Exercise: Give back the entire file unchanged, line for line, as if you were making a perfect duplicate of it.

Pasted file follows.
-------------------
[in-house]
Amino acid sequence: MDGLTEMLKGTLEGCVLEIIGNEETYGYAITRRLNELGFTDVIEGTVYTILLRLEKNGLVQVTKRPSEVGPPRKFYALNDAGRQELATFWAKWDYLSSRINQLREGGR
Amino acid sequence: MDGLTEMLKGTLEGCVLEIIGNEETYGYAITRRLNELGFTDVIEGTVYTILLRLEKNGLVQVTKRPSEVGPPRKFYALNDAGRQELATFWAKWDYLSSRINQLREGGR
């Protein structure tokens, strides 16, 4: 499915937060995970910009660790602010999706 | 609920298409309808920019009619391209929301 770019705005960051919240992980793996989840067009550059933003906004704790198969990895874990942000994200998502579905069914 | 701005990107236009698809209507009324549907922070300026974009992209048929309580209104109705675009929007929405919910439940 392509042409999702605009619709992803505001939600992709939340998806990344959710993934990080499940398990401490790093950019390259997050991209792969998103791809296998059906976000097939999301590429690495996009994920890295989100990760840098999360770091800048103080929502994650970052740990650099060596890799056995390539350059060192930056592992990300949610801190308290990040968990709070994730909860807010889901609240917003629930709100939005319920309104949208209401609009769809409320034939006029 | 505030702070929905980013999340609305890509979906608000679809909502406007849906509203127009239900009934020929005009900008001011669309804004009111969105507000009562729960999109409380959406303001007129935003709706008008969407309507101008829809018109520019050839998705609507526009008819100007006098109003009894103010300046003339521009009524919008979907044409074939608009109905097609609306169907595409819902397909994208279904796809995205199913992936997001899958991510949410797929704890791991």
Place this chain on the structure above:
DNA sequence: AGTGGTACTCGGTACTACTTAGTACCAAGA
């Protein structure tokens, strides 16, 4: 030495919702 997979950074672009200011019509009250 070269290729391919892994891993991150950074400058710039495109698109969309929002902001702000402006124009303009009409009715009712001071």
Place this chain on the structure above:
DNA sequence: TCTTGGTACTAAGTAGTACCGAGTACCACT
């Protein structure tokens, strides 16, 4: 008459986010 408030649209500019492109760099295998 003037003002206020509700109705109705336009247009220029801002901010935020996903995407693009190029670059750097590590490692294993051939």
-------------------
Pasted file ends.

[in-house]
Amino acid sequence: MDGLTEMLKGTLEGCVLEIIGNEETYGYAITRRLNELGFTDVIEGTVYTILLRLEKNGLVQVTKRPSEVGPPRKFYALNDAGRQELATFWAKWDYLSSRINQLREGGR
Amino acid sequence: MDGLTEMLKGTLEGCVLEIIGNEETYGYAITRRLNELGFTDVIEGTVYTILLRLEKNGLVQVTKRPSEVGPPRKFYALNDAGRQELATFWAKWDYLSSRINQLREGGR
């Protein structure tokens, strides 16, 4: 499915937060995970910009660790602010999706 | 609920298409309808920019009619391209929301 770019705005960051919240992980793996989840067009550059933003906004704790198969990895874990942000994200998502579905069914 | 701005990107236009698809209507009324549907922070300026974009992209048929309580209104109705675009929007929405919910439940 392509042409999702605009619709992803505001939600992709939340998806990344959710993934990080499940398990401490790093950019390259997050991209792969998103791809296998059906976000097939999301590429690495996009994920890295989100990760840098999360770091800048103080929502994650970052740990650099060596890799056995390539350059060192930056592992990300949610801190308290990040968990709070994730909860807010889901609240917003629930709100939005319920309104949208209401609009769809409320034939006029 | 505030702070929905980013999340609305890509979906608000679809909502406007849906509203127009239900009934020929005009900008001011669309804004009111969105507000009562729960999109409380959406303001007129935003709706008008969407309507101008829809018109520019050839998705609507526009008819100007006098109003009894103010300046003339521009009524919008979907044409074939608009109905097609609306169907595409819902397909994208279904796809995205199913992936997001899958991510949410797929704890791991």
Place this chain on the structure above:
DNA sequence: AGTGGTACTCGGTACTACTTAGTACCAAGA
């Protein structure tokens, strides 16, 4: 030495919702 997979950074672009200011019509009250 070269290729391919892994891993991150950074400058710039495109698109969309929002902001702000402006124009303009009409009715009712001071």
Place this chain on the structure above:
DNA sequence: TCTTGGTACTAAGTAGTACCGAGTACCACT
């Protein structure tokens, strides 16, 4: 008459986010 408030649209500019492109760099295998 003037003002206020509700109705109705336009247009220029801002901010935020996903995407693009190029670059750097590590490692294993051939």